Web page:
Seven times Tour de France winner Lance Armstrong touched down in Adelaide, Australia, by private jet on Tuesday to join his RadioShack team mates in preparation for his final race outside the USA - the Tour Down Under (January 18-23).
It's two years since the Texan launched his comeback from retirement at the race, and the third year that he's ridden the event.
Armstrong wasted no time in organising a 'Twitter Ride' for Saturday morning via the microblogging site: "Hey #Adelaide - Twitter ride!! Let's show our support for Queensland & those affected by the floods. Saturday 10am Wigley Reserve, Glenelg!" Several pro riders have already said they'll join in, including Robbie McEwen, Simon Gerrans, Michael Rogers, Laurens Ten Dam and Stuart O'Grady.
Armstrong has spoken publicly about Australia's recent, widespread flood problems and has personally pledged $50,000 to help in the relief effort for flood victims.
The RadioShack team including Armstrong have spent time acclimatising on the roads around Adelaide ahead of the one-day Cancer Council Classic arm-up race on Sunday and the start of the Tour Down Under on Tuesday, January 18.
McEwen, who placed fourth overall in last year's race, will be the squad's hope for sprint finishes against Andre Greipel, Mark Cavendish and Tyler Farrar. McEwen and Robbie Hunter were picked up by RadioShack after the Pegasus team they were signed with for 2011 failed to obtain a ProTeam licence or Professional Continental status. Along with Armstrong, McEwen and Hunter in RadioShack's seven-man TdU squad are Ben Hermans, Manuel Cardoso, Markel Irizar and Gregory Rast.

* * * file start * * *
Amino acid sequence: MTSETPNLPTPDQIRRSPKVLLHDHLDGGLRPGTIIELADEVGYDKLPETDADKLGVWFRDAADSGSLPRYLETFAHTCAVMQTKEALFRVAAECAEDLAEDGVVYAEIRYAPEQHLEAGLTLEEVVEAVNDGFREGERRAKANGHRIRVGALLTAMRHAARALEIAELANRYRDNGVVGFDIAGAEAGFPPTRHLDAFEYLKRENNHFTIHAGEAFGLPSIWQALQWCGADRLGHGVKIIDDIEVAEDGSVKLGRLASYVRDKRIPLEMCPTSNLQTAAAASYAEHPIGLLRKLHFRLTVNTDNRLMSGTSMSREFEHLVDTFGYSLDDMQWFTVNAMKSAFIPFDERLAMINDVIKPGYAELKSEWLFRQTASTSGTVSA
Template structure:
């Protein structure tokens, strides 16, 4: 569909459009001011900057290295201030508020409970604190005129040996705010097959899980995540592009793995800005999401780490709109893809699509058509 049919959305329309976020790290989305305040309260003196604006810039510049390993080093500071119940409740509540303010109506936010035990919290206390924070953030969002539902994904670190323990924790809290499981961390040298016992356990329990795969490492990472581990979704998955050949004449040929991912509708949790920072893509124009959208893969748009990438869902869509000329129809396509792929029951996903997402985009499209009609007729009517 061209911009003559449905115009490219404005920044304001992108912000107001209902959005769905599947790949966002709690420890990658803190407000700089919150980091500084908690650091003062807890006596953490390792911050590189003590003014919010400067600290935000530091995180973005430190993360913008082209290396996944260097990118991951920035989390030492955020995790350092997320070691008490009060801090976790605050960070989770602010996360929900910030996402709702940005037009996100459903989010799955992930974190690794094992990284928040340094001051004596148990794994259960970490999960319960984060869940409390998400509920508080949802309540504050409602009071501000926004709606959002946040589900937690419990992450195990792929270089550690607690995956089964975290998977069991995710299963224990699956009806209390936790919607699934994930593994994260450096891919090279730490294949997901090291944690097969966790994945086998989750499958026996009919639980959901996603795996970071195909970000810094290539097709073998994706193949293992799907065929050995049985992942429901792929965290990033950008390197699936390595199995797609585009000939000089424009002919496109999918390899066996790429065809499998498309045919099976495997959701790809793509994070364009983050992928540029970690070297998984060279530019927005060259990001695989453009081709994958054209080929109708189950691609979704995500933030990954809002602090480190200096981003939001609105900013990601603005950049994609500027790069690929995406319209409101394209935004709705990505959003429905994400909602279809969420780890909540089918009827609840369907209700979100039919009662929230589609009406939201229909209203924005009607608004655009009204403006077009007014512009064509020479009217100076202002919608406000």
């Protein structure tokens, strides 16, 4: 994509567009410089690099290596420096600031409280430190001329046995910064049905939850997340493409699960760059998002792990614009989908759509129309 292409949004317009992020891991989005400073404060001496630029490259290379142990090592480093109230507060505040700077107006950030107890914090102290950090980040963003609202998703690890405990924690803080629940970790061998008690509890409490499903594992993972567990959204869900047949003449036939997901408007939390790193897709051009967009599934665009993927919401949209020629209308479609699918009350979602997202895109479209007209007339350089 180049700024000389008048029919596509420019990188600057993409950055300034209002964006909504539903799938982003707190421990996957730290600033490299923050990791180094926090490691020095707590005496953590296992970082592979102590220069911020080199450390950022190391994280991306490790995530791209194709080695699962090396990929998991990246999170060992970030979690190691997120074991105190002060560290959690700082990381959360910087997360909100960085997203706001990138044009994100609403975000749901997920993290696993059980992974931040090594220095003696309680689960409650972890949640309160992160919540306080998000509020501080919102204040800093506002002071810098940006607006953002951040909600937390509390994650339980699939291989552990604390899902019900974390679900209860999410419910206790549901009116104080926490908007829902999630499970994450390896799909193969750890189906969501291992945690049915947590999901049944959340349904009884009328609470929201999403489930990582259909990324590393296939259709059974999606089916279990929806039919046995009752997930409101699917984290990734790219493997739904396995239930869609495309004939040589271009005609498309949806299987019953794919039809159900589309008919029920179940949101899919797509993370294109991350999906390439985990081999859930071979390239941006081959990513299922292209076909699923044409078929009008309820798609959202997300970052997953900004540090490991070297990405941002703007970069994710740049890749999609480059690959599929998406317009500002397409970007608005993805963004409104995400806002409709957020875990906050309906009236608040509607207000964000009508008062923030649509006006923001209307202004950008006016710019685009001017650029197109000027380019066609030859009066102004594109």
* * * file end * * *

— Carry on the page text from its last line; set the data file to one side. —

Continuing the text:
Armstrong is currently the subject of an on-going investigation by the US Food and Drug Administration into allegations that he used performance-enhancing drugs and blood doping techniques during his professional cycling career.
Last week Armstrong told the Sydney Morning Herald that he was unconcerned by the investigation. "I don't let it affect me," he said. "I have five kids to raise. I have a foundation to help run and lead. I still have, theoretically, a job - I ride my bike and train every day. It has no effect in what I do on a daily basis."
The TdU will provide Armstrong with one last chance to grab a win in a professional cycling race.
Armstrong and Hermans
RadioShack hit the roads around Adelaide
Armstrong chats with RadioShack directeur sportif Jose Azevedo
Armstrong unconcerned about doping investigation
Tour Down Under 2011: Cycling Weekly's coverage index
Lance Armstrong: Rider Profile
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Nigel Wynn worked as associate editor on CyclingWeekly.com, he worked almost single-handedly on the Cycling Weekly website in its early days. His passion for cycling, his writing and his creativity, as well as his hard work and dedication, were the original driving force behind the website’s success. Without him, CyclingWeekly.com would certainly not exist on the size and scale that it enjoys today. Nigel sadly passed away, following a brave battle with a cancer-related illness, in 2018. He was a highly valued colleague, and more importantly, n exceptional person to work with - his presence is sorely missed.
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